China continues its gradual, controlled slowdown. The PMI manufacturing index produced by the National Statistics Office fell to 50.3 points in November, its lowest level in eight months. Although this figure is still above the 50-point threshold (indicating expansion), it suggests that growth has slowed down considerably in the last few months. Judging by the rest of the indicators, this slowdown appears to be gradual. The PMI for services rose slightly to 53.9 points from its October figure of 53.8. Along the same lines, the country's retail sales figures came as a pleasant surprise, growing by 11.7% year-on-year compared with 11.5% in October. On the other hand a basic indicator such as the industrial production index grew by just 7.2% in November, lower than October's 7.7%. Nonetheless, a significant part of this slowdown is due to the forced stoppage of numerous factories in the north of the country during November's APEC summit (Asia-Pacific Economic Cooperation). Within this environment of a controlled slowdown, inflation is still tending to fall (1.4% in November), allowing the government to use further expansionary measures if required and we should remember that the Central Bank already surprised us in mid-November with a substantial cut in the official interest rate.

Russia will fall into recession in 2015 due to the combination of falling oil prices, international sanctions and geopolitical uncertainty related to Ukraine. Given this situation, its crisis of confidence has become a full-blown foreign exchange crisis. During the acute phase of this crisis in December the government admitted that Russia will enter a recession in 2015 and several events quickly followed: financial pressure intensified, the rouble fell against the euro, the interest rate on 10-year debt went from 10.6% to 16.2% and the central bank attempted to slow down the rouble's depreciation via reference rate hikes: from 9.5% to 17%.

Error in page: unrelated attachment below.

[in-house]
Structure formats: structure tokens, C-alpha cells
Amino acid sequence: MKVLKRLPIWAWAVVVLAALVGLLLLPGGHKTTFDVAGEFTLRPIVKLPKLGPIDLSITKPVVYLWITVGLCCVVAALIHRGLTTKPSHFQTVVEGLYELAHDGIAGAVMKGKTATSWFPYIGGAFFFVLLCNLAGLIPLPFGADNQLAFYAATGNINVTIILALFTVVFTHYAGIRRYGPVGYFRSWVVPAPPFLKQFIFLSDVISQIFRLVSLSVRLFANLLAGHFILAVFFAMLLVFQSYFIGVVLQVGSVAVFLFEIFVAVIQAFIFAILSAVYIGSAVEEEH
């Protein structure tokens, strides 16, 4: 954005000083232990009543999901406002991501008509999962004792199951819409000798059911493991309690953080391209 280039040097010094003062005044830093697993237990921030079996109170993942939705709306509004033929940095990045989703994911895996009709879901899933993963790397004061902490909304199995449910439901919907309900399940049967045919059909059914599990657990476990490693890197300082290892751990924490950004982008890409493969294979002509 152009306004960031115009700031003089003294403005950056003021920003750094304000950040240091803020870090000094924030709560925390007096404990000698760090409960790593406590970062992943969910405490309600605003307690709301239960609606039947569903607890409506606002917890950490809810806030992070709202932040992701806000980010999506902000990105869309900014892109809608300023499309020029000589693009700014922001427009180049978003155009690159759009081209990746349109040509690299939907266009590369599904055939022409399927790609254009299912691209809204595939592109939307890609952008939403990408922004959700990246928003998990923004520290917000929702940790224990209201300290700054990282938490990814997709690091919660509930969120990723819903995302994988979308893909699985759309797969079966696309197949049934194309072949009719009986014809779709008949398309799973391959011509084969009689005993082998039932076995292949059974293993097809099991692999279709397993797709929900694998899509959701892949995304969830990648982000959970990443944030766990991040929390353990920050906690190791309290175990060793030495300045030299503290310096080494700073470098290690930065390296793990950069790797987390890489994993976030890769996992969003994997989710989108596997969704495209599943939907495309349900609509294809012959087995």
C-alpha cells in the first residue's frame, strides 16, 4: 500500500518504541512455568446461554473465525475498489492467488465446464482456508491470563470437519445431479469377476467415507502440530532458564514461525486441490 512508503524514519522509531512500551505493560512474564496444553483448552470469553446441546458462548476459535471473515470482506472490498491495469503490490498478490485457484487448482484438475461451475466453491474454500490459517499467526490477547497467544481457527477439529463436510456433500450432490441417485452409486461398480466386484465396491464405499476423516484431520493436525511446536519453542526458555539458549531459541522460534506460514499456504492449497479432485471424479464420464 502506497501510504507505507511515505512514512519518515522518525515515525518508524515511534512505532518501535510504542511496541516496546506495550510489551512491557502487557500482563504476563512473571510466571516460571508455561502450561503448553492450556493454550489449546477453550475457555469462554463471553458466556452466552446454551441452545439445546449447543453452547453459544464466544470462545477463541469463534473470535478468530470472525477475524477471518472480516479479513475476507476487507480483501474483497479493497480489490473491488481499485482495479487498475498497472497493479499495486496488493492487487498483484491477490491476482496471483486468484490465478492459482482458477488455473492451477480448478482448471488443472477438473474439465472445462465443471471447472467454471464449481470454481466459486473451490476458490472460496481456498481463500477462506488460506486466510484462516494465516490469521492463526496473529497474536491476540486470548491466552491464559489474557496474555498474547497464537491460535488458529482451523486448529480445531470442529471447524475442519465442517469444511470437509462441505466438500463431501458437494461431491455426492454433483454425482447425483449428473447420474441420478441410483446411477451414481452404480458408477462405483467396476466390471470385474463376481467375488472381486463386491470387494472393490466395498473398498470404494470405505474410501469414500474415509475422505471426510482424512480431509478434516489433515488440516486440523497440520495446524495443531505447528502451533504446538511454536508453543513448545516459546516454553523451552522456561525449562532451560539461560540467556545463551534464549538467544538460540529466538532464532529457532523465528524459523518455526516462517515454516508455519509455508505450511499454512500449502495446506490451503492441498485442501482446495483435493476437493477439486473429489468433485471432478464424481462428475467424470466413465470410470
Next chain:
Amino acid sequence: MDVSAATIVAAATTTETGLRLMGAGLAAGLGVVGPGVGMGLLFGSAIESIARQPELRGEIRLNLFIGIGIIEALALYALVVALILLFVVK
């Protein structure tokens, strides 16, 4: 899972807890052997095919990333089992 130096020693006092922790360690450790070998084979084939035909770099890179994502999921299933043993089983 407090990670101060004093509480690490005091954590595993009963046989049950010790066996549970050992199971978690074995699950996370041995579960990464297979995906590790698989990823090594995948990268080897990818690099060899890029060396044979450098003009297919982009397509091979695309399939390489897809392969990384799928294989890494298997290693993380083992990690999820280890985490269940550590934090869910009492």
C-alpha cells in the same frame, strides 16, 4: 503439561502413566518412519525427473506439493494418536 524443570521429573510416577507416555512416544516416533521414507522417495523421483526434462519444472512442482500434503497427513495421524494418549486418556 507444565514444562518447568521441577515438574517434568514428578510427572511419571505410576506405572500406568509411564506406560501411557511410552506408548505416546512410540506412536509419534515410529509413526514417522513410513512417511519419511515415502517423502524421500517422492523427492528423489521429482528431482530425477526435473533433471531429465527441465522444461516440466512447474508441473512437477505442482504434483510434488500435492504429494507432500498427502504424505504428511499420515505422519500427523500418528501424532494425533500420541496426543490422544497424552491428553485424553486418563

Although Russia has some room for manoeuvre, there are downside risks. In particular the level of reserves is high, equivalent to 64.5% of the country's external debt and to 351% of its short-term external debt. This, together with low public debt (13.9% of GDP in 2013), provides some margin to avoid a potential default. Similarly the rouble's depreciation should cushion fiscal pressure and boost the current surplus, albeit at the risk of increasing costs, which may hinder growth. Given this uncertain context we have revised downwards our growth forecast for 2015 as a whole, from 0.8% to –2.5%. However, even with this revision the risks are still clearly downside with a recession that might become more intense should oil prices fall further and the loss of liquidity continue.